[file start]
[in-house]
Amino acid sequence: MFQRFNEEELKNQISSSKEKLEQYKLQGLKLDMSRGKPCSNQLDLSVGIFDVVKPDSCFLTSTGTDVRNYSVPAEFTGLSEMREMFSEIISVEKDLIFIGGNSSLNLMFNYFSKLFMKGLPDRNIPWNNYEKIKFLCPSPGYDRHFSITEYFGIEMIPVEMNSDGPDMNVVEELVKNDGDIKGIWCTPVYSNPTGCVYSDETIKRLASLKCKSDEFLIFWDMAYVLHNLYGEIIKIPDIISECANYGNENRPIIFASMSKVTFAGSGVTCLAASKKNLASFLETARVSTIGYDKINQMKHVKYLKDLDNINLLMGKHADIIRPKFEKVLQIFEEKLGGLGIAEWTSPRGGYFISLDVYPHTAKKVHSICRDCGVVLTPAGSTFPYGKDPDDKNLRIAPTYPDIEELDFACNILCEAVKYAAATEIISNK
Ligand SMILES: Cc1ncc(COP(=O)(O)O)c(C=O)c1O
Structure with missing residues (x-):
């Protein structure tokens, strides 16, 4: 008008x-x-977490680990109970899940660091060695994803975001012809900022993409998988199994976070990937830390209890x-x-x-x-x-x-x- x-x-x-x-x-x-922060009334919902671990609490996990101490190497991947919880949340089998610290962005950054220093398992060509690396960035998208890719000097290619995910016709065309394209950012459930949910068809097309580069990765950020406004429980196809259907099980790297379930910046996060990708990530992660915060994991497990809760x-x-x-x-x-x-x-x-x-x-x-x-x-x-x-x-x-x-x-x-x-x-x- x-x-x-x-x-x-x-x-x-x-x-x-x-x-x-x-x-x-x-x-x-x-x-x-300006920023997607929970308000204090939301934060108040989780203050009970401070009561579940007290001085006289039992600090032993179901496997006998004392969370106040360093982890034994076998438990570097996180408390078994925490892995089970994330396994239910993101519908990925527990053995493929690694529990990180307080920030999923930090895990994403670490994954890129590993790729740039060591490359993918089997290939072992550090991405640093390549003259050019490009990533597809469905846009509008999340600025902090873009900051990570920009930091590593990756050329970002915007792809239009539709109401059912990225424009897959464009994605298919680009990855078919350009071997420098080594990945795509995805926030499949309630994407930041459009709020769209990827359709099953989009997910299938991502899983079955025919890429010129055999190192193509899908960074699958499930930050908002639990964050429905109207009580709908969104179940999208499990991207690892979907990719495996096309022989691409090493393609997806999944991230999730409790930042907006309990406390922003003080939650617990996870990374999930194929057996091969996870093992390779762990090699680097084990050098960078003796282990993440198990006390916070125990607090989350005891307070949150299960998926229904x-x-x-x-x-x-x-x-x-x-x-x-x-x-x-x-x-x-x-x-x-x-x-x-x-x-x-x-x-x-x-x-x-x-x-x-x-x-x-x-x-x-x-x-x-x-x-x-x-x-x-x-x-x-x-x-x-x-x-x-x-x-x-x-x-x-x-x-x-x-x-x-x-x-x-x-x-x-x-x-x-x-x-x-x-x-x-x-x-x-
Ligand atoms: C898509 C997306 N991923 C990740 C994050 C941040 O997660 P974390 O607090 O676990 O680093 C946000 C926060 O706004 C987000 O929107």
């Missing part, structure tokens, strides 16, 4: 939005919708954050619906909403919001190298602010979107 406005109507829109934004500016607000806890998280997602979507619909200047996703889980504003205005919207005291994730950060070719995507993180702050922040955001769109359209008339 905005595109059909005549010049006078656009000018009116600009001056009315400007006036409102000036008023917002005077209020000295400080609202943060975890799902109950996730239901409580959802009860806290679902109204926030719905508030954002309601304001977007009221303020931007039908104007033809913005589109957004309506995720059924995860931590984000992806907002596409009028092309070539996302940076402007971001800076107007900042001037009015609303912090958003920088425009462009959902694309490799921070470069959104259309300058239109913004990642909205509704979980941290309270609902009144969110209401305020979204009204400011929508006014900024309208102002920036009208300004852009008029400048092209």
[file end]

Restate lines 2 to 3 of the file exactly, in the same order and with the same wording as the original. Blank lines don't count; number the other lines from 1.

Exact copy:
Amino acid sequence: MFQRFNEEELKNQISSSKEKLEQYKLQGLKLDMSRGKPCSNQLDLSVGIFDVVKPDSCFLTSTGTDVRNYSVPAEFTGLSEMREMFSEIISVEKDLIFIGGNSSLNLMFNYFSKLFMKGLPDRNIPWNNYEKIKFLCPSPGYDRHFSITEYFGIEMIPVEMNSDGPDMNVVEELVKNDGDIKGIWCTPVYSNPTGCVYSDETIKRLASLKCKSDEFLIFWDMAYVLHNLYGEIIKIPDIISECANYGNENRPIIFASMSKVTFAGSGVTCLAASKKNLASFLETARVSTIGYDKINQMKHVKYLKDLDNINLLMGKHADIIRPKFEKVLQIFEEKLGGLGIAEWTSPRGGYFISLDVYPHTAKKVHSICRDCGVVLTPAGSTFPYGKDPDDKNLRIAPTYPDIEELDFACNILCEAVKYAAATEIISNK
Ligand SMILES: Cc1ncc(COP(=O)(O)O)c(C=O)c1O